Johns_whole_thesis.pdf (11.35 MB)
An investigation of the way in which school and community leadership processes influence the role of schools in rural community development
thesisposted on 2023-05-26, 07:07 authored by Johns, S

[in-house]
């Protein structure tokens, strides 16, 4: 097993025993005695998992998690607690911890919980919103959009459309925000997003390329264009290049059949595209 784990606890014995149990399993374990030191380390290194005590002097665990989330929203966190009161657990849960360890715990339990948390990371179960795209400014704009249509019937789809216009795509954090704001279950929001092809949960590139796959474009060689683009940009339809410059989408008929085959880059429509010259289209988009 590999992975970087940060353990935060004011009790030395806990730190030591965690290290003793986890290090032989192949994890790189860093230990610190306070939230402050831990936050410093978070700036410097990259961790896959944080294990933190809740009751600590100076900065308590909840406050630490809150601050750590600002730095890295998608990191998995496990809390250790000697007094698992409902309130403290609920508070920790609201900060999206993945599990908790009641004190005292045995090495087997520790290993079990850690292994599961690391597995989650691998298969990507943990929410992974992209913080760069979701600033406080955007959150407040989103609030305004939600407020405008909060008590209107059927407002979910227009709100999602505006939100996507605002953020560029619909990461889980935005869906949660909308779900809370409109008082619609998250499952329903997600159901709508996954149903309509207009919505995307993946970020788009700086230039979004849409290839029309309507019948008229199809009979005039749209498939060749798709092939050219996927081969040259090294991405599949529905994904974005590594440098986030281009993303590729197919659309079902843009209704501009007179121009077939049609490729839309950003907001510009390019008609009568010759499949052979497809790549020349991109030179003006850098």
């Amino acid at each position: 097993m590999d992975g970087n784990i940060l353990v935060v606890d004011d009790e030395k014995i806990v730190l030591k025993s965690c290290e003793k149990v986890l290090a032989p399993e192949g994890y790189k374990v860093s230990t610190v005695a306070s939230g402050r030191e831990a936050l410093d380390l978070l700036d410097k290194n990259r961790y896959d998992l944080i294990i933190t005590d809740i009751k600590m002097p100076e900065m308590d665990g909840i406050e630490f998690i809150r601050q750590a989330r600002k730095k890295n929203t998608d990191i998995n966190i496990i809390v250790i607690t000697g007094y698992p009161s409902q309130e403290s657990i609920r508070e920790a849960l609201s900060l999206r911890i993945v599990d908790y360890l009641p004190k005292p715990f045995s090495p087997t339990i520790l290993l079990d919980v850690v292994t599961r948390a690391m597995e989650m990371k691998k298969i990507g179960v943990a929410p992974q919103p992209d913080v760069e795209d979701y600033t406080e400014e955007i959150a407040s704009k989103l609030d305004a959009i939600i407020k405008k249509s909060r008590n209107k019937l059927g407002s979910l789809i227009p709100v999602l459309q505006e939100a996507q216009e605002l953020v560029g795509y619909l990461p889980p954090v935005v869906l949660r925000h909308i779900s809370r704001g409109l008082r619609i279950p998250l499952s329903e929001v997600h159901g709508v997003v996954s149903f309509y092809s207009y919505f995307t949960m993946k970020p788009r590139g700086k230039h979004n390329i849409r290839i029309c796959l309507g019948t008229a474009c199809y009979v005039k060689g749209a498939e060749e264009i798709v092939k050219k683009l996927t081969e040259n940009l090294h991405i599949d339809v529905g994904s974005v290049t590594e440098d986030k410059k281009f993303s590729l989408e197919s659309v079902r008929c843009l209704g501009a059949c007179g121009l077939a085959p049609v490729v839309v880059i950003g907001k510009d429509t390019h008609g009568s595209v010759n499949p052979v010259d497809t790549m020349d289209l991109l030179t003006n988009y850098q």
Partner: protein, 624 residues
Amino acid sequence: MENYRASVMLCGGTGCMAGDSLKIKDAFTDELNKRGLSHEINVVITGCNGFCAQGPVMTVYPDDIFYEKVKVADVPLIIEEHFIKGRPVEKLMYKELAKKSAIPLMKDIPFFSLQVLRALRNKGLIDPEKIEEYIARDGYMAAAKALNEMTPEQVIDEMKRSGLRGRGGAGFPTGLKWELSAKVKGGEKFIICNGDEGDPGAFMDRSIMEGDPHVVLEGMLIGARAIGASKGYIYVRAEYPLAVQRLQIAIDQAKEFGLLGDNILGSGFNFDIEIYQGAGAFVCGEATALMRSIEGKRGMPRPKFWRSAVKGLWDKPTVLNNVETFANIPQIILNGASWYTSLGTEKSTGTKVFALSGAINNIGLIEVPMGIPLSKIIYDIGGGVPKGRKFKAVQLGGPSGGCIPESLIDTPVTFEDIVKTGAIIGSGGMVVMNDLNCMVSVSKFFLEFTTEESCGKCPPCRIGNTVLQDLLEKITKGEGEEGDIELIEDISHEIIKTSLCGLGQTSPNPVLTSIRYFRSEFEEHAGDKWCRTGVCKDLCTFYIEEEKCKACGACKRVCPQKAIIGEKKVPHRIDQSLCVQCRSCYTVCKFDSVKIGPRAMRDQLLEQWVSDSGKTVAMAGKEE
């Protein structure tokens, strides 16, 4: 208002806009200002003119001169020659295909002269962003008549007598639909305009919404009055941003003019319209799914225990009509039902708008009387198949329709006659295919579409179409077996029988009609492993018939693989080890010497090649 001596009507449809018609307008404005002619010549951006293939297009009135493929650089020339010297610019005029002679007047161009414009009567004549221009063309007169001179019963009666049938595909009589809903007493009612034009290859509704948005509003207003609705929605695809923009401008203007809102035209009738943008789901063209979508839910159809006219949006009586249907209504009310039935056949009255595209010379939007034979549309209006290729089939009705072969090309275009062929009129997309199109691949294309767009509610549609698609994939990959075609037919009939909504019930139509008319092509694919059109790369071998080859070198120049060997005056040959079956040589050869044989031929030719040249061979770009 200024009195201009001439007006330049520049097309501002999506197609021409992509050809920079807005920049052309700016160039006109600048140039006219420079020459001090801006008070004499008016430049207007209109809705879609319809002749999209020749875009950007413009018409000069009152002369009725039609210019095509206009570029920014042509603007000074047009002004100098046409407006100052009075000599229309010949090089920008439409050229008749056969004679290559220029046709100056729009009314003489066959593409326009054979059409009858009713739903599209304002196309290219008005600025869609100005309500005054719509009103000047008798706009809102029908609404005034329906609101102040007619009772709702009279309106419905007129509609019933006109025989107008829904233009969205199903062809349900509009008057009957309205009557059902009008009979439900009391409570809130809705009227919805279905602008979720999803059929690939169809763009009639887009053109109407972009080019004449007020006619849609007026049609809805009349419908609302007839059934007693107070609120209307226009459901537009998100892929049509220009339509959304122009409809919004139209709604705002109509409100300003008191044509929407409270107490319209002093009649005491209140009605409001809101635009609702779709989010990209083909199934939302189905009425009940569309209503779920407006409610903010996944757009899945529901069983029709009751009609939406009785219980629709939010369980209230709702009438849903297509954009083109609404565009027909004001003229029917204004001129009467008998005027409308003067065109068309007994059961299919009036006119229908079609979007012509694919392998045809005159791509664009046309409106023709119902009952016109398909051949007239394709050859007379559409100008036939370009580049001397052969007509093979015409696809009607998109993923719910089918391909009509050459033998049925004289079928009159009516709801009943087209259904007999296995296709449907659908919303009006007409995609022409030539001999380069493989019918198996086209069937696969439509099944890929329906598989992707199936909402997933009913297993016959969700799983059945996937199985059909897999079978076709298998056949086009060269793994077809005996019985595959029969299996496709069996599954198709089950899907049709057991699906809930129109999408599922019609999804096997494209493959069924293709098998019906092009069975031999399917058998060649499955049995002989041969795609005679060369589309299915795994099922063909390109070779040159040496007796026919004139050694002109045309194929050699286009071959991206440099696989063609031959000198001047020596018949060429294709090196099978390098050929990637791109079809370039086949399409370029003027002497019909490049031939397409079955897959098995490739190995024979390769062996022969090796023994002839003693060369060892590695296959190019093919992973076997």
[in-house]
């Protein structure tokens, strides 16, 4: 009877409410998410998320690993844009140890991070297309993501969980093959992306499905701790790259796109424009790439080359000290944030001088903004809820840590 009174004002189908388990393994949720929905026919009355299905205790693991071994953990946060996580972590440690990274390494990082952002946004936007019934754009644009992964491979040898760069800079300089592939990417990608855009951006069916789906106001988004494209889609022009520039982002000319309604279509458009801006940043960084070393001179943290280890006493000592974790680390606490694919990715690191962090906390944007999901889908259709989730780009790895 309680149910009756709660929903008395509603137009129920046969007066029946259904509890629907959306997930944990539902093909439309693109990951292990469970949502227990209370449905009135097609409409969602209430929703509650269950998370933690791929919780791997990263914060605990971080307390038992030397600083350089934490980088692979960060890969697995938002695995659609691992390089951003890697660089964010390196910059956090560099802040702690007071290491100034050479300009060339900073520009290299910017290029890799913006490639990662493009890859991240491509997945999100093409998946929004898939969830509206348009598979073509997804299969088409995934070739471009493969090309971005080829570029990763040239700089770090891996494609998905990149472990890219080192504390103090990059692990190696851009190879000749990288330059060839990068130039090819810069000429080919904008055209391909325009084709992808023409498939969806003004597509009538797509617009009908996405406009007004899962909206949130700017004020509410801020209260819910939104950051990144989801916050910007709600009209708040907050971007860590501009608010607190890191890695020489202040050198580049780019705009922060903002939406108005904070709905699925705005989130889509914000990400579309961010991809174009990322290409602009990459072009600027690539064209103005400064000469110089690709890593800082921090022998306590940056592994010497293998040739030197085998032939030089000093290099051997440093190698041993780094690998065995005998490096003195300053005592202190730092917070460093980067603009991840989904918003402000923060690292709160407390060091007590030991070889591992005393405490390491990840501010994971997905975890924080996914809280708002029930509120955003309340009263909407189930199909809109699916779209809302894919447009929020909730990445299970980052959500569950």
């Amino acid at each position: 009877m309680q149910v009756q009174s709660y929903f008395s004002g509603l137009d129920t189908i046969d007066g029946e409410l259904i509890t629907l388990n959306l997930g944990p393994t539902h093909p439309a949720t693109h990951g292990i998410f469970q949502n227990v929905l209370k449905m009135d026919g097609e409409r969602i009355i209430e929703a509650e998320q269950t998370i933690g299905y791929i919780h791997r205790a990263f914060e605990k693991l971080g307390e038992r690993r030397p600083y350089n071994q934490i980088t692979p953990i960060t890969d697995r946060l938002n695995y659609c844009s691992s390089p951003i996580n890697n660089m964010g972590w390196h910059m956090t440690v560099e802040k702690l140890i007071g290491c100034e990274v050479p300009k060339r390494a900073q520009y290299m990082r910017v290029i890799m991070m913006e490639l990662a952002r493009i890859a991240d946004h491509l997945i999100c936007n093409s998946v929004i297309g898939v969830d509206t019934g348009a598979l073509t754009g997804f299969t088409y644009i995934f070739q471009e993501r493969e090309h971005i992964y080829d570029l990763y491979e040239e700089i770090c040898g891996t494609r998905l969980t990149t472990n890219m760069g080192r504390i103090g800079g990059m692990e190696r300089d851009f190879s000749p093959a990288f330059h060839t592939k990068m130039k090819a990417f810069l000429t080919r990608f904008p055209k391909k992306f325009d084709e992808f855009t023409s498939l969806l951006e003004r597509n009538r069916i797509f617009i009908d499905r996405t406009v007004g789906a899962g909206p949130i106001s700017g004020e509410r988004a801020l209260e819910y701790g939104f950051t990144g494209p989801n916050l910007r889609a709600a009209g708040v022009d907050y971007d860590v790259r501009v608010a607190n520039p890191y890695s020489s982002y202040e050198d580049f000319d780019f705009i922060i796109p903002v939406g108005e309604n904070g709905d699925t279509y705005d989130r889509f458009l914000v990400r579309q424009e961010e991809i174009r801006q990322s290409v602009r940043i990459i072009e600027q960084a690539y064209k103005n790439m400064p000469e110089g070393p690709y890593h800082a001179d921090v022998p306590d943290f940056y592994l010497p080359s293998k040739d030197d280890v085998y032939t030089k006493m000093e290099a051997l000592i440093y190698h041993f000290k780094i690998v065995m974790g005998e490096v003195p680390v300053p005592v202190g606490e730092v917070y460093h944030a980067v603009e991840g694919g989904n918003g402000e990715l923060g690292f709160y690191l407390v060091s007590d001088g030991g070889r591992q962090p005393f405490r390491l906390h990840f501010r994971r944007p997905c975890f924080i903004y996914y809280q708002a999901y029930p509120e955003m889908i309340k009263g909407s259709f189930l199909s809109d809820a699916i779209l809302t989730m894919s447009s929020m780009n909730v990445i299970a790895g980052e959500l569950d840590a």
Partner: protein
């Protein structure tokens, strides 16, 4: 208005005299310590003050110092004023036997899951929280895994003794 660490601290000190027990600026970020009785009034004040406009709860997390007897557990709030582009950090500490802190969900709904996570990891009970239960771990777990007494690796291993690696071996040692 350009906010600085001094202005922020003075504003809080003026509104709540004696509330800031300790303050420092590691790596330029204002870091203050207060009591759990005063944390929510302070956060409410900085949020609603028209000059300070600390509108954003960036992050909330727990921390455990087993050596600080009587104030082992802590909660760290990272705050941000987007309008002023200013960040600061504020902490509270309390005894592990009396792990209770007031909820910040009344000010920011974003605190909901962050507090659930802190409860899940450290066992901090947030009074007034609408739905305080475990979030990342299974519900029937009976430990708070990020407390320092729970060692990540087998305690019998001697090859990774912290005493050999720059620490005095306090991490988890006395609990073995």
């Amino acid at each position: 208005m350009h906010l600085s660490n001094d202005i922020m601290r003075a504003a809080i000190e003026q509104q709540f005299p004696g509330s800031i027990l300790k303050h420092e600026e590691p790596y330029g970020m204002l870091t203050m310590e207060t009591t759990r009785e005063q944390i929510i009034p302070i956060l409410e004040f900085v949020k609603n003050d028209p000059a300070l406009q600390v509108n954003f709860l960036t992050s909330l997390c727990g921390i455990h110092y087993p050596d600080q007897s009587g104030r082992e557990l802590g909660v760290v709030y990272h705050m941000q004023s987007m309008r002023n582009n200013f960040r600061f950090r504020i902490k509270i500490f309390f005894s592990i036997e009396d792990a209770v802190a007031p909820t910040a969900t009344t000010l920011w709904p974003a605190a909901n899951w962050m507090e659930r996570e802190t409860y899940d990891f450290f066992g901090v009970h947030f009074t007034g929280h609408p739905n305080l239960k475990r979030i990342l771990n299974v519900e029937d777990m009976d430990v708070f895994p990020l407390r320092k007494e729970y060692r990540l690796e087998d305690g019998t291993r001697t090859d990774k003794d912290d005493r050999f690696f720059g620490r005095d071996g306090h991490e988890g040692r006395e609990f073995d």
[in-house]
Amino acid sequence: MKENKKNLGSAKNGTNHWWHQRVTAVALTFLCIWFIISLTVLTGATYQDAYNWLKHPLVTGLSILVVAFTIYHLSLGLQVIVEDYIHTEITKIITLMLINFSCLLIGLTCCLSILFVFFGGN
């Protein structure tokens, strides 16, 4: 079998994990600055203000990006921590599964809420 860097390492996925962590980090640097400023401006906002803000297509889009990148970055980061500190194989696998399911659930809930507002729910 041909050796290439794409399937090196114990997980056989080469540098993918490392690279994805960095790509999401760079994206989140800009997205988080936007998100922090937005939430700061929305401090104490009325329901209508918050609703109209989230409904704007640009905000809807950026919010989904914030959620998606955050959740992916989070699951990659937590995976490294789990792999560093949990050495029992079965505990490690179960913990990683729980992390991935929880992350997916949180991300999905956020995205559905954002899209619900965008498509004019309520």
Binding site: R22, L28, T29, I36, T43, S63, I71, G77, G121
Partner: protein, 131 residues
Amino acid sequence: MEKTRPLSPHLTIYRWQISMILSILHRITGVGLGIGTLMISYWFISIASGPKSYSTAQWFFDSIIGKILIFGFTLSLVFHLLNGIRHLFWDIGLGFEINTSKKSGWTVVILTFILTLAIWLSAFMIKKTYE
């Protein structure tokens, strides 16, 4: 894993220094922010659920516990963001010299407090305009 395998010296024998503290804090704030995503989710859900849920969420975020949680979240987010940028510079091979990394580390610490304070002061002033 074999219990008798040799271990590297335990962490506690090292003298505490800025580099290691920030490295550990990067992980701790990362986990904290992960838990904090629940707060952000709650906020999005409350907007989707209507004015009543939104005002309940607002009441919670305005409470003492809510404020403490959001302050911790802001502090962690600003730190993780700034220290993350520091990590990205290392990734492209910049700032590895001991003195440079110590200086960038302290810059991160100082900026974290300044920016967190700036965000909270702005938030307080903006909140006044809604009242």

Whilst there is nothing new about rural school community linkages, the growth of school community partnerships in recent years represents a new phase in this symbiotic relationship: one that is formalised, and supported by government at the policy level. Partnerships are based on a collective, rather than individual or 'hero leader' view of leadershipa and are designed to facilitate collective learning and problem solving. They facilitate the integration of school and community resources, and are designed primarily to enhance student outcomes. School community partnerships also facilitate lifelong learning, but only passing attention has been paid to their impact on the broader capacity-building, or social capital outcomes in rural communities. Using a qualitative approach, and a case study strategy of inquiry, this study explores the process of building school community partnerships, from the perspective of those involved in partnership development. Five effective school community partnerships were selected, using a purposive sampling strategy. Data were collected from multiple sources, including semi-structured interviews, researcher observation, written documentation, and community perception maps, and were used in the preparation of case studies of five different rural school community partnerships. Extensive cross-case analysis was then undertaken to enhance transferability of the findings. The study found that effective partnerships are complex and long-term in nature. Viewing partnership development as a five-stage process through which social capital is built and used, it is the fourth stage, critical retlection, that is the key to partnership sustainability. This stage is not adequately recognised in research into partnership development. At this stage, partnership identity is affirmed as successes are recognised and celebrated, and the decision is taken to continue the partnership learning cycle. Thus, the social capital built over the earlier stages of partnership development is marshalled at the critical reflection stage, to facilitate further collaborative action. Specific leadership roles are linked to the five-stage partnership development process. These roles are weighted towards facilitating the partnership (building social capital amongst partners). Roles are not based on formal leadership positions, and are shared amongst school and community members. Those who undertake specific leadership roles have relevant skills, knowledge and attributes, as well as a high level of commitment to the partnership. This is not to deny the critical role of formal school leaders (principals). They are keyholders to partnership and rural community development, with the ability to unlock access to social capital within and beyond the school and community. If the community-wide benefits of school-community partnerships are to be maximised, there needs to be greater policy flexibility in terms of time and financial resources, to take into account the sequential and long-term nature of partnership development. Because partnerships require extensive resources, support, and commitment from both school and community, the study concludes with the call for greater integration between rural community development policy and rural education policy. This will facilitate sharing of resources and leadership training opportunities, as well as legitimise and more fully support the role of rural schools in community development.
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